The Wound-Rotor Doubly-Fed Electric Machine, the Brushless Wound-Rotor

Doubly-Fed Electric Machine , and the so-called Brushless Doubly-Fed Induction

Electric Machines are the only examples of doubly-fed electric machines.

2.1 About of Doubly Fed Machines

The only electric machine that is able to operate with rated torque to twice

synchronous speed for a given frequency of excitation is the wound-rotor doubly-fed

electric machine. Higher speed for a given frequency of excitation is a quantifying metric
that shows lower cost, higher efficiency, and higher power density. As do all

electromagnetic electric machines, doubly fed machines need current (i.e., torque current)

to produce the torque. Because there are no permanent magnets in the doubly fed machine,

current (i.e., magnetizing current) is also needed for the magnetic flux production.

Magnetizing current and torque current are orthogonal vectors and not directly

cumulative. With the magnitude of magnetizing current as a fraction of torque current,

magnetizing current does not play heavily into efficiency except at very low torque where

magnetizing current dominates. Like wound rotor synchronous machines, the magnetic flux

can be produced by the stator current, rotor current or by the combination of the both. It is

common to run the machine completely magnetized from the rotor and thus having power

factor of the stator at unity. At synchronous speed the rotor current has to be DC, as in

ordinary synchronous machines. Thus reactive power is needed to be fed in the rotor

winding when it is used to magnetize the machine in non-synchronous operation. Rotor

current is also needed to produce torque in addition to magnetization. Thus active power is

present in the rotor in addition to reactive power. The frequency and the magnitude of the

rotor voltage is proportional to the slip, that is, the difference between the speed of the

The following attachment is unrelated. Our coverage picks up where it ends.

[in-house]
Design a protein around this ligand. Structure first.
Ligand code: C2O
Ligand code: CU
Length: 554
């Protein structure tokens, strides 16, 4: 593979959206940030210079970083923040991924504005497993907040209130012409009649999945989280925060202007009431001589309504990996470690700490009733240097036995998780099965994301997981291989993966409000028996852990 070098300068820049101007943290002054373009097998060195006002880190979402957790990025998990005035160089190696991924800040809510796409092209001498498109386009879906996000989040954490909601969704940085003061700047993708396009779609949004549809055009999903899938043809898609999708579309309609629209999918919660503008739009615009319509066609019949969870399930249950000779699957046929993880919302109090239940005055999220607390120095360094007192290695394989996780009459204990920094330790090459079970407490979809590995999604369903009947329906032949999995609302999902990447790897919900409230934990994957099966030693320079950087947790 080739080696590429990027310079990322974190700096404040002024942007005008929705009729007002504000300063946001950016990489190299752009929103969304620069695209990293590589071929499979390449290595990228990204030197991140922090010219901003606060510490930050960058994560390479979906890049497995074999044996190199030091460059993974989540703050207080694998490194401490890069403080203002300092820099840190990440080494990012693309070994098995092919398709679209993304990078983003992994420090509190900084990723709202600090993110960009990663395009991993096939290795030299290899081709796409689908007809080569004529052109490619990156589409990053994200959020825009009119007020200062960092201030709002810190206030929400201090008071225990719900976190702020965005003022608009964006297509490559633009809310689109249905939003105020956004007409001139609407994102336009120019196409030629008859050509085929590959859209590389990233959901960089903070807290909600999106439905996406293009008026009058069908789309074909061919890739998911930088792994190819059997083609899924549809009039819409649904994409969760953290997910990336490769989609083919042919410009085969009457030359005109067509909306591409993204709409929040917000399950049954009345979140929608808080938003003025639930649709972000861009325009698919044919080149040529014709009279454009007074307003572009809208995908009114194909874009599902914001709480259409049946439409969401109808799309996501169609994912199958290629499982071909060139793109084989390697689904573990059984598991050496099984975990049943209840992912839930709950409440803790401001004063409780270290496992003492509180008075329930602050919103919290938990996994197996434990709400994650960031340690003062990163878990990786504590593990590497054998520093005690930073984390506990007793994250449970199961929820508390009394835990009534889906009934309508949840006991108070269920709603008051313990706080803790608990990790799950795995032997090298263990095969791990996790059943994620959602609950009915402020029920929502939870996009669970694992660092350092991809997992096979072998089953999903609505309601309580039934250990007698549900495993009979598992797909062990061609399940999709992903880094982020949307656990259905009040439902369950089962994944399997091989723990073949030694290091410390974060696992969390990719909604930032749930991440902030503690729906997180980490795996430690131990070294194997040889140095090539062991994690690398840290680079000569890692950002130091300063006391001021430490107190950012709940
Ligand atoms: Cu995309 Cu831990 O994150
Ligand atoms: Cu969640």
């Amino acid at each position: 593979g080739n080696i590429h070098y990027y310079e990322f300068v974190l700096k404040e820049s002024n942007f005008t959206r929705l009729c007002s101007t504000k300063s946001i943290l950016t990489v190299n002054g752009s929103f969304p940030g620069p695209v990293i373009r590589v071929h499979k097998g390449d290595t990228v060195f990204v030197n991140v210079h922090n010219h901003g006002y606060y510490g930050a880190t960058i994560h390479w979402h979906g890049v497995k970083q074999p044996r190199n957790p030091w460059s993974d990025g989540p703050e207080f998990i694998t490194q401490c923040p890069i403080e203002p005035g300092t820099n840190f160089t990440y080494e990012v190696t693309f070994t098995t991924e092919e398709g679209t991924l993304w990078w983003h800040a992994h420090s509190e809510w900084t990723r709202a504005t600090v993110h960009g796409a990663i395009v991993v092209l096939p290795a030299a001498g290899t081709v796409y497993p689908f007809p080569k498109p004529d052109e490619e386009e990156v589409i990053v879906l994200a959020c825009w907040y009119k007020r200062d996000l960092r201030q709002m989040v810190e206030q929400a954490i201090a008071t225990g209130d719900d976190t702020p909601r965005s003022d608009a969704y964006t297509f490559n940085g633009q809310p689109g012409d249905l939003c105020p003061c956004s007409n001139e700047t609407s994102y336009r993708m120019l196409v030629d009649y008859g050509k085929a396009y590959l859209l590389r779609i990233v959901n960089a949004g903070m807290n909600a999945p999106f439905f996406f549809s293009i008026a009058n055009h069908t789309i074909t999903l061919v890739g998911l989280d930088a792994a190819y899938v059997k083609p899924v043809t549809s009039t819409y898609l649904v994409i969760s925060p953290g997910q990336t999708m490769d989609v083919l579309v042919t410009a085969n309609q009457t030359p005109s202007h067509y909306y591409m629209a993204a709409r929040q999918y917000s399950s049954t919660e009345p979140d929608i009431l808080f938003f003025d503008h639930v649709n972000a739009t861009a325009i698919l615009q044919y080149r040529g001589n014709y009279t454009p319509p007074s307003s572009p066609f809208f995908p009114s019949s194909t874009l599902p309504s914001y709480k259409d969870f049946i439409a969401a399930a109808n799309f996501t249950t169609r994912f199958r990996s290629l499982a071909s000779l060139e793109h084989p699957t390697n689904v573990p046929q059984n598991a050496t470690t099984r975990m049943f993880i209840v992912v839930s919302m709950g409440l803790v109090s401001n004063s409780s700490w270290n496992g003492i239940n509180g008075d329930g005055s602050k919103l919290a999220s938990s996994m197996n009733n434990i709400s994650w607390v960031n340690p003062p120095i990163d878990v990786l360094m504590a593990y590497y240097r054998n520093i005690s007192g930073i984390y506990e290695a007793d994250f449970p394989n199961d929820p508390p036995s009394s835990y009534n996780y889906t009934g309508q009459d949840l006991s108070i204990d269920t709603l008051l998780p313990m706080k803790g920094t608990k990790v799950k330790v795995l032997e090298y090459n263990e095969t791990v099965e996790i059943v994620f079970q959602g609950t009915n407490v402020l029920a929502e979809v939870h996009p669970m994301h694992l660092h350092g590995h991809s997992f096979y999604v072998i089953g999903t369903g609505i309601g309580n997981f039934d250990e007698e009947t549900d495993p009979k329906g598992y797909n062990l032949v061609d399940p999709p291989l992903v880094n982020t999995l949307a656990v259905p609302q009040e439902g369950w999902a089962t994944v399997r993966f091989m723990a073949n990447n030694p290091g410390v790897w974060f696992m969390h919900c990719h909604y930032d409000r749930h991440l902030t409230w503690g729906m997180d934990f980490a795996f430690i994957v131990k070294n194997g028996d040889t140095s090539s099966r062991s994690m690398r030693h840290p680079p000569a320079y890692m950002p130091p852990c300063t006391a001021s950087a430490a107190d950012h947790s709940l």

machine and the synchronous speed.

At standstill the frequency will be the same as that of the frequency in the stator and

the voltage is determined by the ratio of the stator and rotor windings or turns . Thus if the

number of turns is equal, the rotor has the same voltage as the stator. One can easily see

that doubly-fed machine is a transformer at standstill. The transformer-like characteristics

are also present when it is rotating, manifesting itself especially during transients in the
grid. Due to the voltage and current behavior described above the rotor will either require,

or generate, active power depending on the speed and torque. If the machine is producing

torque and operating as a motor, the rotor will generate power if the speed is below

synchronous speed (subsynchronous operation). At standstill all power fed in the stator

(excluding losses) is returned via the rotor. The magnitude of the active power depends on

the torque of the motor. Thus if the motor has rated torque, rated power is circulating

through the stator and rotor. Like all electric machines, the efficiency of the machine is not

very good at low speeds because current is required to produce torque but little or no

mechanical power is produced (i.e., power is the product of torque and speed).

If the machine is operating as a motor at speeds over the synchronous speed (super

synchronous operation), the mechanical power is fed in both through the stator and rotor.

As a consequence the efficiency is now better than with singly fed motors. For example, at

maximum speed the doubly-fed electric machine with equal stator and rotor turns produces

same torque at double speed (and thus twice the power) as a singly-fed electric machine.

The losses, being roughly proportional to the torque, are quite the same. Thus efficiency,